As non-fungible tokens (NFTs) attract more users, they also attract the eyes of scammers. Web3 bad actors have set their sights on digital collectibles, where millions have been lost through various scams and attacks.

However, according to professionals working in the Web3 space, there are multiple ways and tools to prevent becoming a victim of NFT theft. In addition, users can also take various actions after losing their digital holdings due to hackers.

Ronghui Gu, co-founder and CEO of blockchain security firm CertiK, told Cointelegraph that the first and most important step is always due diligence. “Avoid clicking on suspicious links and be very careful when signing token approvals,” Gu shared.

Taking it a step further, the CEO shared other best practices such as periodic scanning, revoking unnecessary permissions, and segregating NFTs into different wallets according to their purpose. He also explained that:

“Long-term custody should be held in a secure wallet that interacts with little, if any, application. Hardware wallets have a somewhat steep learning curve, but the time investment is worth it.”
When asked about what can be done once assets are lost, Gu said it’s unfortunate, but “there’s not much” users can do to recover assets. However, NFT marketplaces can blacklist NFTs so that they can no longer be traded. “Raising awareness of common scams is an ongoing effort. Educating users about the safest ways to transact and how they can reduce their risk is the first step.”

While hardware wallets may be a great solution, Michael Pearce, CEO of Web3 security firm NotCommon, said there are still risks involved. He explained that:

“People should buy hardware directly from the manufacturer to reduce any chance of tampering with the wallet before the person receives it.”
Meanwhile, if the scam or attack did indeed occur, Pearce recommended that victims report it to databases such as NotCommon to “help keep others safe and identify the scammer.” If the potential losses were significant, the executive urged the victims to take legal action if possible.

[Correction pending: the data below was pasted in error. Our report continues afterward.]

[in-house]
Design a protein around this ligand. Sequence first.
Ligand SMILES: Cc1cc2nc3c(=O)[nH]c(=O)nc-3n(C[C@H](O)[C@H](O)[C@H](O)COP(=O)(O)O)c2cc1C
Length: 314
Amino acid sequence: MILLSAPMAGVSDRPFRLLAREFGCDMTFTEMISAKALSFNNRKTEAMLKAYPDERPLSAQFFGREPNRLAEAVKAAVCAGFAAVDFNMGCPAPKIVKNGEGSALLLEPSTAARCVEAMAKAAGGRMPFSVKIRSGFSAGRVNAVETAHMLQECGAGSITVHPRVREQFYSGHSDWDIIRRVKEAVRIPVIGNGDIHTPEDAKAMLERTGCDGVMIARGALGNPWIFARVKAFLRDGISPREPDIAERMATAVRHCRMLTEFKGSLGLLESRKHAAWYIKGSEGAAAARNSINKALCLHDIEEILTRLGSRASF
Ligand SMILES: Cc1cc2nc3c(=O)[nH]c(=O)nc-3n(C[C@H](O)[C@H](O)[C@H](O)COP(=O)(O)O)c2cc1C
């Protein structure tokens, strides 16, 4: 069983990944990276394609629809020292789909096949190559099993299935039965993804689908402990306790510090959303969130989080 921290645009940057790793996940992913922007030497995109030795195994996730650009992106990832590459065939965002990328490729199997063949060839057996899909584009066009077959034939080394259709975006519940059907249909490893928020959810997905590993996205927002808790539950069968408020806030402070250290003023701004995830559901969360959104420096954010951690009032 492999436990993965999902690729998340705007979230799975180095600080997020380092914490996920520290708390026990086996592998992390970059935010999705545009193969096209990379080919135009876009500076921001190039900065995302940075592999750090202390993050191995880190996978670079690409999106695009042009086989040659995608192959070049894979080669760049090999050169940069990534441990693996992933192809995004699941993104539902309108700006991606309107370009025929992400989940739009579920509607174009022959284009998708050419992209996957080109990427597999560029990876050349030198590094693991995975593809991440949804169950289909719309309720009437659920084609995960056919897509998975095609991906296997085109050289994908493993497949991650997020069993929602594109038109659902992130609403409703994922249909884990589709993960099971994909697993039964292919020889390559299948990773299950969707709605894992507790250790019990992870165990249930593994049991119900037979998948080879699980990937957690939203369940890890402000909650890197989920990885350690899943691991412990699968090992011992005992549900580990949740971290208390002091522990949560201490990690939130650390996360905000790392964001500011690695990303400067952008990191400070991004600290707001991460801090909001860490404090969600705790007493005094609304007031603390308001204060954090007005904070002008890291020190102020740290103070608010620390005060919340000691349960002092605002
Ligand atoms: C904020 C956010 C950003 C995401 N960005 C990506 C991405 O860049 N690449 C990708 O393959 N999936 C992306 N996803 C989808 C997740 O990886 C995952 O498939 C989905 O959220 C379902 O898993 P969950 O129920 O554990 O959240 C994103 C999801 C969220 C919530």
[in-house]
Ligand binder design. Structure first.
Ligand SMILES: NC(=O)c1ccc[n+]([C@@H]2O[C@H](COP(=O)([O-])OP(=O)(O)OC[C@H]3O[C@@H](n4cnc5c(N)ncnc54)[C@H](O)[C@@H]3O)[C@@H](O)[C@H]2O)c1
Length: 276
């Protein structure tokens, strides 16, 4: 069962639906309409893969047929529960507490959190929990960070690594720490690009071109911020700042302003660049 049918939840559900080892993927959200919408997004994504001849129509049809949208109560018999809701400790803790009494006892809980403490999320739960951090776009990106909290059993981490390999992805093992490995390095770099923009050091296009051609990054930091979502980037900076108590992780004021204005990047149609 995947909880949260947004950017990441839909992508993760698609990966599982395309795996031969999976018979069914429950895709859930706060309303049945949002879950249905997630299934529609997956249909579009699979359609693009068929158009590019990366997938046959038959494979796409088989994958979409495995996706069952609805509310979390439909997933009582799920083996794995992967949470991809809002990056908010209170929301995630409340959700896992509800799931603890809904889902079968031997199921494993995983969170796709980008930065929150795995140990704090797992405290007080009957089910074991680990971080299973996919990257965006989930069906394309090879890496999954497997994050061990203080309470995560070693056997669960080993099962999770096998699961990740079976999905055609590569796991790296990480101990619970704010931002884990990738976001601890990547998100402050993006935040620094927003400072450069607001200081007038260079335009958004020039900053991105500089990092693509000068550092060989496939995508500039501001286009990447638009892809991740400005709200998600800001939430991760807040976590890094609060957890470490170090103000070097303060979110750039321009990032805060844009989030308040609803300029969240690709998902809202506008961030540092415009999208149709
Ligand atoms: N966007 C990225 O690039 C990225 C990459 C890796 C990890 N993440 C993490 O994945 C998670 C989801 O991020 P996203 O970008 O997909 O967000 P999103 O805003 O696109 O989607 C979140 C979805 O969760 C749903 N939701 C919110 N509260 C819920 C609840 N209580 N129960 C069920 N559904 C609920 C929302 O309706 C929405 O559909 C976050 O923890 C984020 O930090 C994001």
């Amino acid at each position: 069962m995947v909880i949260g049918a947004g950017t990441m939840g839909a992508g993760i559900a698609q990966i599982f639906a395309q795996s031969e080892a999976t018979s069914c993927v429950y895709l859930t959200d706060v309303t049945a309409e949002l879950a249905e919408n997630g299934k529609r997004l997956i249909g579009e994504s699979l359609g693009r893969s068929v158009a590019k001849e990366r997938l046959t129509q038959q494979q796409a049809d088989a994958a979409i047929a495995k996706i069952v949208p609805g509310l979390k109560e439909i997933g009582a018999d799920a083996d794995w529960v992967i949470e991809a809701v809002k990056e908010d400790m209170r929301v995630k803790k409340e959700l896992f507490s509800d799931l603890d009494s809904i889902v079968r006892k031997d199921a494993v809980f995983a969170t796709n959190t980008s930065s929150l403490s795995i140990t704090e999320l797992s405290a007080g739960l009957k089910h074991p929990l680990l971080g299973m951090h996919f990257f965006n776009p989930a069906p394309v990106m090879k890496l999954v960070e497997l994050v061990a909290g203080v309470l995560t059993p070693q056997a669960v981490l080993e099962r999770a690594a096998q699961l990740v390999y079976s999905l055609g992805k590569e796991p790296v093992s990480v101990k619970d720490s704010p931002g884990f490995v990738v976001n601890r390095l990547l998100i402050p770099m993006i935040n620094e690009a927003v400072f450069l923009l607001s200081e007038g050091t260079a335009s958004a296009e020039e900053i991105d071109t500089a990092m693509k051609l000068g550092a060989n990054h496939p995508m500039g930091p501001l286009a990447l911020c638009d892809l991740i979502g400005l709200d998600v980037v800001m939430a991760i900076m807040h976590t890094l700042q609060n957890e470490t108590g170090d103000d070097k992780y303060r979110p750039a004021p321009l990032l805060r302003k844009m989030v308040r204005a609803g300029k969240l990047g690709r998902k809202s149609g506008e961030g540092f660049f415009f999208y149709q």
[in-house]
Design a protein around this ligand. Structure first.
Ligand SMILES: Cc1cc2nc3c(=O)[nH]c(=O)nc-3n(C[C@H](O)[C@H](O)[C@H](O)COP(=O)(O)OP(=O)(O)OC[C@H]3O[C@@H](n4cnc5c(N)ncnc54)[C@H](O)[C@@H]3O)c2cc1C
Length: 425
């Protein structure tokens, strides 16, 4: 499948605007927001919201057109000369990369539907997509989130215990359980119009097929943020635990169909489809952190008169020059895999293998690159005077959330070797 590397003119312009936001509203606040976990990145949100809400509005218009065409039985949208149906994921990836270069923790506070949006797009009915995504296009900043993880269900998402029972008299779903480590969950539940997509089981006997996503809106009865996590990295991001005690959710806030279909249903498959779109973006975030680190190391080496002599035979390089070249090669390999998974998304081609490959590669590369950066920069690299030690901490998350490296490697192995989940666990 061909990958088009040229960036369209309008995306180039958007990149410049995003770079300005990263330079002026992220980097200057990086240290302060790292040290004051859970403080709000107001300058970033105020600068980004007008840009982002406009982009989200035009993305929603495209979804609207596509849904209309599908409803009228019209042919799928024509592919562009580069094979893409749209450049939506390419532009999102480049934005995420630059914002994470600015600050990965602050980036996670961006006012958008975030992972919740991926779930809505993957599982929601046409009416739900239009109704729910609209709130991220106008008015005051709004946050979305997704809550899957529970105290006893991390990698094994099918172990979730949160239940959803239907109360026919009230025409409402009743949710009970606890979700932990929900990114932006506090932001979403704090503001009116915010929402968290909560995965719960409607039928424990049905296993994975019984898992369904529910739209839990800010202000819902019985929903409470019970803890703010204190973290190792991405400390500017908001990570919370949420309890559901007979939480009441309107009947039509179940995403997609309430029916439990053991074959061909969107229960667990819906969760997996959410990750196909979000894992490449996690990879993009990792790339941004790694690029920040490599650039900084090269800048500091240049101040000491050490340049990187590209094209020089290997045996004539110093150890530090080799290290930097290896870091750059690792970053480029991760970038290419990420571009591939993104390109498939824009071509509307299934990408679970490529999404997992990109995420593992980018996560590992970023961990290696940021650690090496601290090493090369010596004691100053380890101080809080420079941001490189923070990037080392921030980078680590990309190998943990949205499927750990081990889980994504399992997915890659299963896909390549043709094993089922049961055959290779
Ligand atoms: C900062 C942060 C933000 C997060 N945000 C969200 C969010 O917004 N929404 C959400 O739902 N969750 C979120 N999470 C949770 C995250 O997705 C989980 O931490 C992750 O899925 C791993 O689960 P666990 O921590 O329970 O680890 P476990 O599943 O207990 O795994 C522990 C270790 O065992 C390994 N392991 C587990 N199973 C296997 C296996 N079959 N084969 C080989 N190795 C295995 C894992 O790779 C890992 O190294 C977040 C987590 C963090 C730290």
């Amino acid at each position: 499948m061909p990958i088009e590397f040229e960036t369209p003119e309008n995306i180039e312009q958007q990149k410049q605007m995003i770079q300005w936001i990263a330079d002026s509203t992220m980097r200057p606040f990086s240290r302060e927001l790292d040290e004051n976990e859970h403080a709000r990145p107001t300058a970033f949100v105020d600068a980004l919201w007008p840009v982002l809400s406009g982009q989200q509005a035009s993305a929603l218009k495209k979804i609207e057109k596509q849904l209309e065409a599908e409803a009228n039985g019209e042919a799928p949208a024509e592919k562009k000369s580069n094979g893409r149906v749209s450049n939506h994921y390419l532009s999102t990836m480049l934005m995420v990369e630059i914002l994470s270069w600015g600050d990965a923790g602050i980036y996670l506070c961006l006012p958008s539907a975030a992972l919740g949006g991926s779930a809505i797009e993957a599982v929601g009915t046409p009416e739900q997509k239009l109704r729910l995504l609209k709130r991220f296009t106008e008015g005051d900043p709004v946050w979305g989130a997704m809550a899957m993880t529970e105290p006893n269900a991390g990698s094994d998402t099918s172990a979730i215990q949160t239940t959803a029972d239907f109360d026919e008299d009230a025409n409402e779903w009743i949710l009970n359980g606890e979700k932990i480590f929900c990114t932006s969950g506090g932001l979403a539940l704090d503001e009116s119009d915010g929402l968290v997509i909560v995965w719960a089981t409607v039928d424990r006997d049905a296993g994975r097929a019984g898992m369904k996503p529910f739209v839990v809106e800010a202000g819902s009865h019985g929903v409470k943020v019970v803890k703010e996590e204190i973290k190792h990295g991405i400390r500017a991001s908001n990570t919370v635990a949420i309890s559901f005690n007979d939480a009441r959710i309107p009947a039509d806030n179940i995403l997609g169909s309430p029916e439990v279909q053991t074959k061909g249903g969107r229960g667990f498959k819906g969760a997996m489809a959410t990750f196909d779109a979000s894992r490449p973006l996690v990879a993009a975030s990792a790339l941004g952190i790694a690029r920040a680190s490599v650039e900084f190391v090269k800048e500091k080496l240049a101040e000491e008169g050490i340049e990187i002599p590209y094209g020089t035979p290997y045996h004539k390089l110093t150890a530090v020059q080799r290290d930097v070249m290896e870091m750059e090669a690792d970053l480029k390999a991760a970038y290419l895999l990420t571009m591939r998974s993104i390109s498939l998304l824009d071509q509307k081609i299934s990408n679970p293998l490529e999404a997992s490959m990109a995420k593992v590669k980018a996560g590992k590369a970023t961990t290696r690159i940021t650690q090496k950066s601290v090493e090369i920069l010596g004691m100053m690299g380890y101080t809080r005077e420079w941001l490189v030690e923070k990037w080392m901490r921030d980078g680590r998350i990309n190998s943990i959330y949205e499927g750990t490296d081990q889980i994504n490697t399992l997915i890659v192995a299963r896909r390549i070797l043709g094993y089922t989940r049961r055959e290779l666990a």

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Mohamed Issa, chief strategist at data firm Chainalysis, also shared some thoughts on the matter. According to Issa, as NFTs have become one of the fastest growing areas in crypto, they have become a “favorite target for hackers.” He explained that:

“NFT transactions create a new challenge for cryptocurrency investigation since decentralized protocols are much more complex and much more difficult to track than traditional centralized services.”
Issa also told Cointelegraph about the importance of being proactive when falling victim to theft. While it is very important to report scams and hacks to law enforcement, it is believed that NFT holders can protect their investments by using tools such as Storyline, an analytics software created by their company.

Stolen NFT movement tracking tool. Source: Chainalysis
Issa believes the tool can enable users to assist investigators after they have been hacked and help them focus on the most important transactions and funds.

Related: New NFT private auction scam threatens OpenSea users

Alvin Kahn, Director of Growth Operations at BNB Chain, also shared that users can use tools like — a way to check wallet status and revoke approvals — and browser extensions that provide risk warnings before contracts are signed.

Within the BNB chain ecosystem, Kan told Cointelegraph there are efforts from the community to provide more security tools for NFTs. The executive talked about an NFT authenticity-finding tool called GoPlus and other on-chain initiatives like DappBay’s Red Alarm and AvengerDAO, which Kan believes help users stay one step ahead of scammers. He explained that:

“These tools, with the contribution of ecosystem projects, assess project risk levels in real time and alert users of potentially risky DApps so that users do not interact with malicious DApps and contracts.”
After becoming a victim of a hack or scam, Kahn explained that it was important to gain access to the NFT markets. When all else fails, the executive said burning the code may be a last resort. Reaching out to the NFT project and asking them to burn the affected or stolen token may be the ultimate solution.